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Can J Anaesth. 2004 Jun-Jul;51(6):586-609.

Effects on the fetus and newborn of maternal analgesia and anesthesia: a review.

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Department of Anesthesia, University of Manitoba, Winnipeg, Manitoba, Canada.



To review the effects of maternal anesthesia and analgesia on the fetus and newborn.


An on-line computerized search of Medline, Embase, and the Cochrane Collaboration via PubMed was conducted. English language articles were selected. The bibliographies of relevant articles and additional material from other published sources were retrieved and reviewed.


No one test clearly separates the effects on the fetus/newborn, if any, of maternally administered medication during labour and delivery, or during surgery for non-obstetric indications. Supposition in this regard is limited in part by methodology previously used to study the transplacental passage of various drugs. This work needs to be repeated using a human model. Routine maternal supplemental oxygen administration is being questioned in light of research showing that free radical generation and oxidative stress are implicated as the underlying mechanisms in several neonatal conditions. Maternal hypotension is associated with neonatal acidemia and base excess correlates with neonatal outcome. Common postpartum analgesics transfer minimally into breast milk. Maternal or fetal surgery conducted during pregnancy necessitates modification of both anesthetic and surgical approaches. The key to resuscitation of the fetus is resuscitation of the mother: intra-uterine maneuvers, including perimortem Cesarean section, aim to reverse treatable causes of fetal asphyxia, restore fetal oxygenation, and correct fetal acidosis.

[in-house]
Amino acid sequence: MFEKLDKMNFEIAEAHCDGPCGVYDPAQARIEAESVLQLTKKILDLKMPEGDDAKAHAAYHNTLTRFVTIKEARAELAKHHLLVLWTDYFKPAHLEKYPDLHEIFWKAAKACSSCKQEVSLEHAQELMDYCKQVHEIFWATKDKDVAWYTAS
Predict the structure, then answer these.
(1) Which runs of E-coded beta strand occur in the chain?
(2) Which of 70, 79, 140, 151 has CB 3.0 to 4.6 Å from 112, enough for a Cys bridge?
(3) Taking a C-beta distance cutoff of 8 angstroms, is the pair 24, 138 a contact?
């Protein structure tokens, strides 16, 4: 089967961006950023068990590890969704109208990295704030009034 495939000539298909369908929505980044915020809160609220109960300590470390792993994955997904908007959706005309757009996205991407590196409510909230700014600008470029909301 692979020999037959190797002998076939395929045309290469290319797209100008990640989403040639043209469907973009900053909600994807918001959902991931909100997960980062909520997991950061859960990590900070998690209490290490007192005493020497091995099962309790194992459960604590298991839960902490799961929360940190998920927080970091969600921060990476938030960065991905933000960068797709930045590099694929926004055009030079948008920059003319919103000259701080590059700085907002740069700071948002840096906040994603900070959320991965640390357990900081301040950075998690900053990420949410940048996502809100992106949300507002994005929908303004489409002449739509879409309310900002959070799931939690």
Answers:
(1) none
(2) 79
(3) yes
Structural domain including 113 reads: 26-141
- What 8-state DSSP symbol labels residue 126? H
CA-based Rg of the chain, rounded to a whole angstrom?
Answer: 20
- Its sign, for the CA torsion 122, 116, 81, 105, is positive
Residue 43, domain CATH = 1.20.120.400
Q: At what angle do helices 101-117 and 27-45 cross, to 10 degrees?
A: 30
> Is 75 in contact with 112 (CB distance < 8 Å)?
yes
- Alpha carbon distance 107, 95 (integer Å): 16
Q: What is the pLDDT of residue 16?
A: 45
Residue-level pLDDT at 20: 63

The well-being of the infant is a major criterion for evaluating the anesthetic management of pregnant women. Many tools exist to assist with this determination for the fetus, whereas few are available to evaluate the newborn.

[Indexed for MEDLINE]

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